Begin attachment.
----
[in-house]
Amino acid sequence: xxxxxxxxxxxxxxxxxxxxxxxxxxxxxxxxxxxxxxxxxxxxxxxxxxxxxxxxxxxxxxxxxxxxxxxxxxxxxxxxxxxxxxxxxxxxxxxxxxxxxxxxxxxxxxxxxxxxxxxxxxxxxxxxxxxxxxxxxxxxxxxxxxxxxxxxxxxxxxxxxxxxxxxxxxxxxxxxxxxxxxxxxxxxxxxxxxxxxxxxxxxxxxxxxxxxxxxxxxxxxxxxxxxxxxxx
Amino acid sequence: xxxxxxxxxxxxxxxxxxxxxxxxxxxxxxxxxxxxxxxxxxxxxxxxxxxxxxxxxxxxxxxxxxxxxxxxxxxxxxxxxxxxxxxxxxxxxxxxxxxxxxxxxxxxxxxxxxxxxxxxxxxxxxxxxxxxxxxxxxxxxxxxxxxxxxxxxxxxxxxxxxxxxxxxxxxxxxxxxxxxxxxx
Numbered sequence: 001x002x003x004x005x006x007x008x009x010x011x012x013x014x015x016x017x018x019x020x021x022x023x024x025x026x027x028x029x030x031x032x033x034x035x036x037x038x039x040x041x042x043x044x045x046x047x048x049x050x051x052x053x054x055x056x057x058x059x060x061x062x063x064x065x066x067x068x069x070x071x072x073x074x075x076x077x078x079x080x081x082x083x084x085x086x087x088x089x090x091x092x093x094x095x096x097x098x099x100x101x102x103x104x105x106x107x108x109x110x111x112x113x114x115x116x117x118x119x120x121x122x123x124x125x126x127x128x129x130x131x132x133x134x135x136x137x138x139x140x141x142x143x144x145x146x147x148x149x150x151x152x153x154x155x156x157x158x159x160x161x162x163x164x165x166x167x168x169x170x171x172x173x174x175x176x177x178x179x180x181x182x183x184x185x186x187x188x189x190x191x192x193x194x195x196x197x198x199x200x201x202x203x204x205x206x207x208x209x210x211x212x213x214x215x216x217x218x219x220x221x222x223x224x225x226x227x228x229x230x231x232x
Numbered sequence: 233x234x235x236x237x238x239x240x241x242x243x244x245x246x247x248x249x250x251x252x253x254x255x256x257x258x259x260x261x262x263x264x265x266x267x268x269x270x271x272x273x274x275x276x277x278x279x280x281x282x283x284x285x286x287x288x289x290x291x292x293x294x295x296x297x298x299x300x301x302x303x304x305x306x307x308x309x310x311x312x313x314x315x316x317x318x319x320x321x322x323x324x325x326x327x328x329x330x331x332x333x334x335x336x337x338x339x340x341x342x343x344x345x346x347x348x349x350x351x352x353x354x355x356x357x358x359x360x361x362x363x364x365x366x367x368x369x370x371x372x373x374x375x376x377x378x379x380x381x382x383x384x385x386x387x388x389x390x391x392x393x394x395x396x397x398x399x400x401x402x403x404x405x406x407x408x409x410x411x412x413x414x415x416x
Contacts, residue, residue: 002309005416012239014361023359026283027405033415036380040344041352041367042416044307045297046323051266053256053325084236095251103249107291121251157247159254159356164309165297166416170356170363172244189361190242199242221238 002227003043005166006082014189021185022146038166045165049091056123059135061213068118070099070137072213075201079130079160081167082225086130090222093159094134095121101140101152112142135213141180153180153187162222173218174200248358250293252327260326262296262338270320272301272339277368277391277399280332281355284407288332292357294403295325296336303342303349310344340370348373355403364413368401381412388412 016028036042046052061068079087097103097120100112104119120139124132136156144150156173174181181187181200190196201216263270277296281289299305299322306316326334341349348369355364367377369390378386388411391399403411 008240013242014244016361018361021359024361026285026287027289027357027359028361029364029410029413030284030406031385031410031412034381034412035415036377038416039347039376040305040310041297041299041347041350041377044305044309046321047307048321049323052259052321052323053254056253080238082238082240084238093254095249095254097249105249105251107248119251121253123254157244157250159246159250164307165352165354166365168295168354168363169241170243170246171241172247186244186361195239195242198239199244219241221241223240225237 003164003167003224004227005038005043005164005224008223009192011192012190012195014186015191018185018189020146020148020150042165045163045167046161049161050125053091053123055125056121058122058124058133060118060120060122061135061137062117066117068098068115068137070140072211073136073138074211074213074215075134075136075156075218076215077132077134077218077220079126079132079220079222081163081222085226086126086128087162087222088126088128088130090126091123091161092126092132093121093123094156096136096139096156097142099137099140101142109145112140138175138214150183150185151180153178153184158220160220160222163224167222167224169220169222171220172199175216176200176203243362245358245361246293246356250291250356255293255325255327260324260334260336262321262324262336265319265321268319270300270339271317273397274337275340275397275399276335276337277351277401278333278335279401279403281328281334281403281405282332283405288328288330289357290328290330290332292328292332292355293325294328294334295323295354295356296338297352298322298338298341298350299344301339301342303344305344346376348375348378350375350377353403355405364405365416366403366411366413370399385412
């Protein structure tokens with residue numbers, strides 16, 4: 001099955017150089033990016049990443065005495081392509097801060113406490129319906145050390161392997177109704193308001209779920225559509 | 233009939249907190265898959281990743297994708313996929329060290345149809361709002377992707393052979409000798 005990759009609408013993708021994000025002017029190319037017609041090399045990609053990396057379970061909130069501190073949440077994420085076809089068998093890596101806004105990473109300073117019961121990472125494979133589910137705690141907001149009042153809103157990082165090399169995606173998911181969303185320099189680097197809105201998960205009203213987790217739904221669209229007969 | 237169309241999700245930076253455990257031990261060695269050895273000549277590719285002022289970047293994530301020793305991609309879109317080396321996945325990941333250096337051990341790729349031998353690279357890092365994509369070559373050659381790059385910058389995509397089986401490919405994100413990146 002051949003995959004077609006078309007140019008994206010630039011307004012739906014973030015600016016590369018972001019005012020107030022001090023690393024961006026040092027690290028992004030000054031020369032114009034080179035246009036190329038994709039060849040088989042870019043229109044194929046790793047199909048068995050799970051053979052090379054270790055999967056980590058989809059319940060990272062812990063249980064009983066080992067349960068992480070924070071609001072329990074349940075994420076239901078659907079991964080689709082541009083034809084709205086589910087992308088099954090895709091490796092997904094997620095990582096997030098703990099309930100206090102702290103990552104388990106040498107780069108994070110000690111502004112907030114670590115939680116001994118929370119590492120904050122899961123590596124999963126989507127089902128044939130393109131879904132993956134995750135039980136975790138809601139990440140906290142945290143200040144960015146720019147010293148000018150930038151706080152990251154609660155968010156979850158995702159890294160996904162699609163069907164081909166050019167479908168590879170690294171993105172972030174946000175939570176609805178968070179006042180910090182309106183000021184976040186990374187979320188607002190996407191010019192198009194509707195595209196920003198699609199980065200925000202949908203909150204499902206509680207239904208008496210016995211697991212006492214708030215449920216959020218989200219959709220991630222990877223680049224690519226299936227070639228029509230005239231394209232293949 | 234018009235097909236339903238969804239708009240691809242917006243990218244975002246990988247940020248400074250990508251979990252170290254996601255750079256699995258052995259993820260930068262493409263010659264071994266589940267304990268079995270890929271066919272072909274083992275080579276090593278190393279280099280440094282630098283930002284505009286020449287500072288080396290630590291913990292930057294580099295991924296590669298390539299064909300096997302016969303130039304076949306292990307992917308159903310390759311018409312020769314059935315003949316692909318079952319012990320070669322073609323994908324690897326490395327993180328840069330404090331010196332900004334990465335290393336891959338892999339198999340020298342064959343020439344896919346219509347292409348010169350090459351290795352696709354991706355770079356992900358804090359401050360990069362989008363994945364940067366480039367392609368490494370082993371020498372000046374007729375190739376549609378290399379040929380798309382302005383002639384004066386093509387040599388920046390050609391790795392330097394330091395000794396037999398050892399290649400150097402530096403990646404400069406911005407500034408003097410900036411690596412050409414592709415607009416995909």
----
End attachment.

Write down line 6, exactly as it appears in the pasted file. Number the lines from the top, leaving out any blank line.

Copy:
Contacts, residue, residue: 002309005416012239014361023359026283027405033415036380040344041352041367042416044307045297046323051266053256053325084236095251103249107291121251157247159254159356164309165297166416170356170363172244189361190242199242221238 002227003043005166006082014189021185022146038166045165049091056123059135061213068118070099070137072213075201079130079160081167082225086130090222093159094134095121101140101152112142135213141180153180153187162222173218174200248358250293252327260326262296262338270320272301272339277368277391277399280332281355284407288332292357294403295325296336303342303349310344340370348373355403364413368401381412388412 016028036042046052061068079087097103097120100112104119120139124132136156144150156173174181181187181200190196201216263270277296281289299305299322306316326334341349348369355364367377369390378386388411391399403411 008240013242014244016361018361021359024361026285026287027289027357027359028361029364029410029413030284030406031385031410031412034381034412035415036377038416039347039376040305040310041297041299041347041350041377044305044309046321047307048321049323052259052321052323053254056253080238082238082240084238093254095249095254097249105249105251107248119251121253123254157244157250159246159250164307165352165354166365168295168354168363169241170243170246171241172247186244186361195239195242198239199244219241221241223240225237 003164003167003224004227005038005043005164005224008223009192011192012190012195014186015191018185018189020146020148020150042165045163045167046161049161050125053091053123055125056121058122058124058133060118060120060122061135061137062117066117068098068115068137070140072211073136073138074211074213074215075134075136075156075218076215077132077134077218077220079126079132079220079222081163081222085226086126086128087162087222088126088128088130090126091123091161092126092132093121093123094156096136096139096156097142099137099140101142109145112140138175138214150183150185151180153178153184158220160220160222163224167222167224169220169222171220172199175216176200176203243362245358245361246293246356250291250356255293255325255327260324260334260336262321262324262336265319265321268319270300270339271317273397274337275340275397275399276335276337277351277401278333278335279401279403281328281334281403281405282332283405288328288330289357290328290330290332292328292332292355293325294328294334295323295354295356296338297352298322298338298341298350299344301339301342303344305344346376348375348378350375350377353403355405364405365416366403366411366413370399385412